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The question

When invited to a gathering of friends or family I’m regularly accused of bringing an overabundance of bags with food and drink hopefully appropriate to the occasion and tastes. I joke that I am, indeed, a “bag lady.” The items I bring are usually consumed. I hear a chorus of “Oh you shouldn’t have!” “You always bring too much!” “Next time just bring yourself!” I live in a small space and can’t accommodate a crowd so my offerings are, in my mind, in lieu of hosting. I always try to bring items the host/hostess would not offer. I always ask “What can I bring!?” and follow the request. Dave, where am I on the slippery scale of social acceptability in this instance?

The answer

Before I get into the meat of my answer, I want to say watch out for this “bag lady” stuff. Keep an eye on it. Put a pin in it. It could work against you in the long run.

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This might seem hypocritical coming from a guy like me. I’ve always been a maestro of self-deprecation (if that’s not too oxymoronic a thing to say). Obeying some inscrutable impulse, I don’t “one-up” people; I always “one-down” them.

Someone: “Oh, why did I wear this shirt today? This is a really dumb shirt!”

Me: “Your shirt? Your shirt is Einstein compared to how dumb my shirt is.”

Why do I have this reflex? Go ask it on the mountain. I began my first book, Chump Change, basically a 230-page farrago/fandango of self-deprecation, with the words: “I am a failure.”

An editor I knew pondered this line, and the rest of the book, and finally said words to the effect of: “You should be more careful what you say about yourself, Dave. Don’t forget: People are bored and lazy and busy and gossipy. They don’t have time or energy to peer through your smokescreen of self-deprecation to determine if what you’re saying is true. They’ll just take you at your word and next thing you know everyone will be saying: ‘Dave is a failure.’”

So I pass that thought along to you. It might stick, which could hurt you. People peeking through curtains: “Oh, look who’s coming: ‘Bag Lady.’ Wonder what sort of crap she’s gonna foist on us this time.” “Next thing you know she’ll be pushing a shopping cart full of junk up to our houses.” Snarky snickers.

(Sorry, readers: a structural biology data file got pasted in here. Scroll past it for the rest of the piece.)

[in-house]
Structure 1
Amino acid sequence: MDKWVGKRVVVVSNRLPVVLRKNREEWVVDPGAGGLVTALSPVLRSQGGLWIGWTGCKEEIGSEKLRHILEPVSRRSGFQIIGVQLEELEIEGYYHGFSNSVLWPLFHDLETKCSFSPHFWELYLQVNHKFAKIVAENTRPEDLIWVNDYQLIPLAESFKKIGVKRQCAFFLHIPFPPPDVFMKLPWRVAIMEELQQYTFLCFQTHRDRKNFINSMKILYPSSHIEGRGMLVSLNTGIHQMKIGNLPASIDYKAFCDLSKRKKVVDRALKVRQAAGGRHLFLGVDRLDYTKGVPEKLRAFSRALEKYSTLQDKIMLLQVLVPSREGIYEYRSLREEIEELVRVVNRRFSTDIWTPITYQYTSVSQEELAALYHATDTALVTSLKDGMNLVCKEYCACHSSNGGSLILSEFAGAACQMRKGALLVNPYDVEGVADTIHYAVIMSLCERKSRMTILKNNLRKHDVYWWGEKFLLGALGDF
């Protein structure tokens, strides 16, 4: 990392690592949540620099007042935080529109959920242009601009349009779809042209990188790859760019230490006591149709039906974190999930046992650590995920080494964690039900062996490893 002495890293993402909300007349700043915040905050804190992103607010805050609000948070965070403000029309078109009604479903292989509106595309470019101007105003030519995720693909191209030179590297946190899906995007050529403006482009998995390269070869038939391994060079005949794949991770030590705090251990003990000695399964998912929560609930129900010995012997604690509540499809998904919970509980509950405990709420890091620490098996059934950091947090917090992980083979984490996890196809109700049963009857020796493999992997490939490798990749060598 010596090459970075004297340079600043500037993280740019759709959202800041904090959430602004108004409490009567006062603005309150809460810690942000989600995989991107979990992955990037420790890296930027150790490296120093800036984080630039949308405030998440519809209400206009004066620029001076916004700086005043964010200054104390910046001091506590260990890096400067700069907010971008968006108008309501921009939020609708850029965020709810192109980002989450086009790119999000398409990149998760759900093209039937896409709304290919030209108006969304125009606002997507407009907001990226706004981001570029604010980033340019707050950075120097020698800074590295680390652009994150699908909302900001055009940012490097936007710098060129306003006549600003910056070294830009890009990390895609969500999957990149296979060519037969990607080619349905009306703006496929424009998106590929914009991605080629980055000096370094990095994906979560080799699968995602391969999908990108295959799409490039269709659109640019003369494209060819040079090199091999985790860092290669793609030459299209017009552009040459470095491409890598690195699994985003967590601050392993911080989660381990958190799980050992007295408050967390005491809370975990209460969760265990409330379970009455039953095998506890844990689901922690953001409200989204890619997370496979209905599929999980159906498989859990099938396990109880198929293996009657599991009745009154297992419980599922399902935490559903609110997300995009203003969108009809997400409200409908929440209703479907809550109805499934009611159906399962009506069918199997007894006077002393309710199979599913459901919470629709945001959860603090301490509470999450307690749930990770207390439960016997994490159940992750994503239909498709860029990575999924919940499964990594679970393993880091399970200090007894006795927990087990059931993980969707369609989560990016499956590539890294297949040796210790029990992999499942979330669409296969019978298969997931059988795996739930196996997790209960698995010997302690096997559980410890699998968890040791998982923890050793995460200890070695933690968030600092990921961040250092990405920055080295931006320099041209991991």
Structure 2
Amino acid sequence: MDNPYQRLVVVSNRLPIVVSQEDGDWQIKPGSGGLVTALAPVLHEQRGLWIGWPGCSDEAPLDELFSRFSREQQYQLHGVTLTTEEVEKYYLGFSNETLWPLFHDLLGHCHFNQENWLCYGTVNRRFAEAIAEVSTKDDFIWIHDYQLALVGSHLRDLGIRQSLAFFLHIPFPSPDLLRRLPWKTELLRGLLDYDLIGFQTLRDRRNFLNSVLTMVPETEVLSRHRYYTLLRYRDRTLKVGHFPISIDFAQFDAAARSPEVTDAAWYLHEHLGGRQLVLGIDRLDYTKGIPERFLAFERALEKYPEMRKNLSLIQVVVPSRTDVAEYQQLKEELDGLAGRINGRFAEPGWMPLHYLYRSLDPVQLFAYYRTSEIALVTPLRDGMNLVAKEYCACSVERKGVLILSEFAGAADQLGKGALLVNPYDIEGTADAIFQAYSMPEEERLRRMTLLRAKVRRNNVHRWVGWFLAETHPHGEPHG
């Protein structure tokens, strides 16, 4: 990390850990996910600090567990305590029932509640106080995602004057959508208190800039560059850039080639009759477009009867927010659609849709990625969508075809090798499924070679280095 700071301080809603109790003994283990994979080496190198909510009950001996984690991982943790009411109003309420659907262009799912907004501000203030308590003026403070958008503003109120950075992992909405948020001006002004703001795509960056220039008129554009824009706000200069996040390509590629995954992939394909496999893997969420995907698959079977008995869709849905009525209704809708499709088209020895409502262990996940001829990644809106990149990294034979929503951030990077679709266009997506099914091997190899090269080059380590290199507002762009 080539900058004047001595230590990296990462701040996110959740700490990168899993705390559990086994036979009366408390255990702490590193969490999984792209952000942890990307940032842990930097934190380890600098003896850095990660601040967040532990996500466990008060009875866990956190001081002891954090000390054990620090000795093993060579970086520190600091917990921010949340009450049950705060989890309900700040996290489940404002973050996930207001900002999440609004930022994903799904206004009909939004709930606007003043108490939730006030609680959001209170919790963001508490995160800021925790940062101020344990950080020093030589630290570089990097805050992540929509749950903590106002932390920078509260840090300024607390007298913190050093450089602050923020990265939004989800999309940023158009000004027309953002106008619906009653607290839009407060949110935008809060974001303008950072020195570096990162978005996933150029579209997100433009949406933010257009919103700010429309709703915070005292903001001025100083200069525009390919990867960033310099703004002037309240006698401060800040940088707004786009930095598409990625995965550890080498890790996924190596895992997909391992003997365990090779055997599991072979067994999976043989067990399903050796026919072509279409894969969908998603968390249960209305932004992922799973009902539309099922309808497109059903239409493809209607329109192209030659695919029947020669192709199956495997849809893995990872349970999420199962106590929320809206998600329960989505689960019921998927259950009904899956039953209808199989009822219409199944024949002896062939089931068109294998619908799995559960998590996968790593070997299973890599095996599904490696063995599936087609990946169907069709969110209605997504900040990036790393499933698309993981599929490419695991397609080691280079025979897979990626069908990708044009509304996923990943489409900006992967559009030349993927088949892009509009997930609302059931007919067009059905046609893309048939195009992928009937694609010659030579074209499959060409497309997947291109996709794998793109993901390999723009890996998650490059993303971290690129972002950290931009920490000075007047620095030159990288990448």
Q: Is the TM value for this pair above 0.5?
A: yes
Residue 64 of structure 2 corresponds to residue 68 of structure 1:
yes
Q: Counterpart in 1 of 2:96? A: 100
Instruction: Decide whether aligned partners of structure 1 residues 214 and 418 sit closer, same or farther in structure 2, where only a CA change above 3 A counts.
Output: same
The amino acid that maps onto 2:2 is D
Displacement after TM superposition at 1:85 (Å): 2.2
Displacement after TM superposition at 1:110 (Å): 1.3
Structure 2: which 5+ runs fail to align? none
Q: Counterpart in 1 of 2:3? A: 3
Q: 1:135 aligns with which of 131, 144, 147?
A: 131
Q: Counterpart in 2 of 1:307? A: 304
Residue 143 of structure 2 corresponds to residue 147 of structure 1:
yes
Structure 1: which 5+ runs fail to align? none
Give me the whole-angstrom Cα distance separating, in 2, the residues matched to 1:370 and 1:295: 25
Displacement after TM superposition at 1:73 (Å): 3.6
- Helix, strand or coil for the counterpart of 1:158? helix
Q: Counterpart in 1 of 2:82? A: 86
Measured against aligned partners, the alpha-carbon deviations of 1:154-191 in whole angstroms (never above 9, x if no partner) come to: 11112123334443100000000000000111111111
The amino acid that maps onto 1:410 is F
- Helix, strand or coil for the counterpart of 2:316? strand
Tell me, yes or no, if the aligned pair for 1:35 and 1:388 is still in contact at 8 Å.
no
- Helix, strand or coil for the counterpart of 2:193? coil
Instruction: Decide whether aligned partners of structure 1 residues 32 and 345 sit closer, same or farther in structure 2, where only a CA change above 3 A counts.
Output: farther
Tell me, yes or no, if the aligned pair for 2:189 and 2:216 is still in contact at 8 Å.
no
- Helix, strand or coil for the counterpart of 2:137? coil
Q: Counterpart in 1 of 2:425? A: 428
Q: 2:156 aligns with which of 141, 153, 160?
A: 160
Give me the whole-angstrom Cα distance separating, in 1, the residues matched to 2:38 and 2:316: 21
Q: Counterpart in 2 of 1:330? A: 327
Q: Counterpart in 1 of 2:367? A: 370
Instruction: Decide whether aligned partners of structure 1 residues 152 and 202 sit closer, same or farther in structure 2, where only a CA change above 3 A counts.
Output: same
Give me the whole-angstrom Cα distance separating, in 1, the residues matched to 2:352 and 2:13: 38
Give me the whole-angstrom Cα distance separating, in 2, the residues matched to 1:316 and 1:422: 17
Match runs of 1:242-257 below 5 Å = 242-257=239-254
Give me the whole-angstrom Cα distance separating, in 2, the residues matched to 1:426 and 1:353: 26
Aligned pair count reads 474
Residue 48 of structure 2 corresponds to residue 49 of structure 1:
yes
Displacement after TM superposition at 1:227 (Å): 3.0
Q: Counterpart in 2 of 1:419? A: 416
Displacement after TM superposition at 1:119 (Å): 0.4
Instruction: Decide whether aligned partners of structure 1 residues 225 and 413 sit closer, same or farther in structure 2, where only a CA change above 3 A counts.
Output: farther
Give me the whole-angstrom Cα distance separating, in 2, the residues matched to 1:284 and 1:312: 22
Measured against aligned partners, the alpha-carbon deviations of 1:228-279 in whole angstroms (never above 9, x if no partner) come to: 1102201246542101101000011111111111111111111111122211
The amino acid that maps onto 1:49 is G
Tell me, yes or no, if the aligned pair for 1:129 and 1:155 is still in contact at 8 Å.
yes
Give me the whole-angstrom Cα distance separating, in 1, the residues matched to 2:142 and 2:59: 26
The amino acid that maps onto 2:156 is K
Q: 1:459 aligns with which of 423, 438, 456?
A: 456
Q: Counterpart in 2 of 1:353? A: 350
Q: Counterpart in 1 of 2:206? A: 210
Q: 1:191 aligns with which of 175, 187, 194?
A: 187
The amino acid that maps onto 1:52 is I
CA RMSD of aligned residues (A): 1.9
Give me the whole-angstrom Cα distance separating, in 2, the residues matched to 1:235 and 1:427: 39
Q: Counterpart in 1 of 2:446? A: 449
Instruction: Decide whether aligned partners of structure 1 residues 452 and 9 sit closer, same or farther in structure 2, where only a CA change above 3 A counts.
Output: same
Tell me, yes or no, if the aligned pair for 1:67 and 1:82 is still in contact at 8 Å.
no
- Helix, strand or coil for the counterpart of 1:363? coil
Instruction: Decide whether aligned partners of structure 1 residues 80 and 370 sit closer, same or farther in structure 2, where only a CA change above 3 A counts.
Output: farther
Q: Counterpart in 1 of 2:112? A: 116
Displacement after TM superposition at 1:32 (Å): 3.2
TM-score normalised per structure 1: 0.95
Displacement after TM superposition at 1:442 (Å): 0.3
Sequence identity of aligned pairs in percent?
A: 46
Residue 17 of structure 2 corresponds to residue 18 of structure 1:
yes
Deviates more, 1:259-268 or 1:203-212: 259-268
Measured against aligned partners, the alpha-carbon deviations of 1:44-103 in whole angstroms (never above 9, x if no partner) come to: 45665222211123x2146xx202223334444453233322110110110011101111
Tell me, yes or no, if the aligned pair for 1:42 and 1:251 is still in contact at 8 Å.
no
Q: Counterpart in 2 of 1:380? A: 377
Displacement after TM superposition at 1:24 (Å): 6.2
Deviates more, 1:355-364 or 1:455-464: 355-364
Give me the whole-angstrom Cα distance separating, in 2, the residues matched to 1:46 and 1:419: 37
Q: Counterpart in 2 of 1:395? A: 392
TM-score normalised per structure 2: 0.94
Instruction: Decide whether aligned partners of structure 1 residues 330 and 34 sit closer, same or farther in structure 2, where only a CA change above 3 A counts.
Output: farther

As to your central question, “Where do I stand on the slippery scale of social acceptability?” I have to say: right at the top.

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Now, I’m not traditionally an etiquette-based advice columnist. The word “etiquette” to me has always conjured images of finger bowls and antimacassars. But I’ve had to rethink that stance a bit, lately. Suddenly so much of our health and so many lives and livelihoods – even whole countries – could topple depending on what might once have been dismissed as mere etiquette.

For example, how we greet one another. Am I the only one who cringes a bit these days when watching an old movie or TV show and people are hugging, kissing or shaking hands? It’s weird, I know, but I feel kind of grossed out.

I’m hoping in future we will forget all the awkward elbow- and fist-bumps and air-hugs everyone’s experimenting with now and land on simply bowing to one another.

You don’t mention post-COVID-19 protocols, but as far as pre-COVID-19 ones go I’d say you’re top shelf.

Not only do you not show-up empty-handed, but you have the thoughtfulness/decency/courtesy to call in advance to inquire what might be helpful/useful for you to bring. Fuhgedaboudit, you’re part of very mature fraternity, an ultra-thoughtful minority.

Bottom line: Let the naysayers neigh, and the squawkers chirp. You should hold your head, and your bags high, as you approach any house to which you come bearing gifts.

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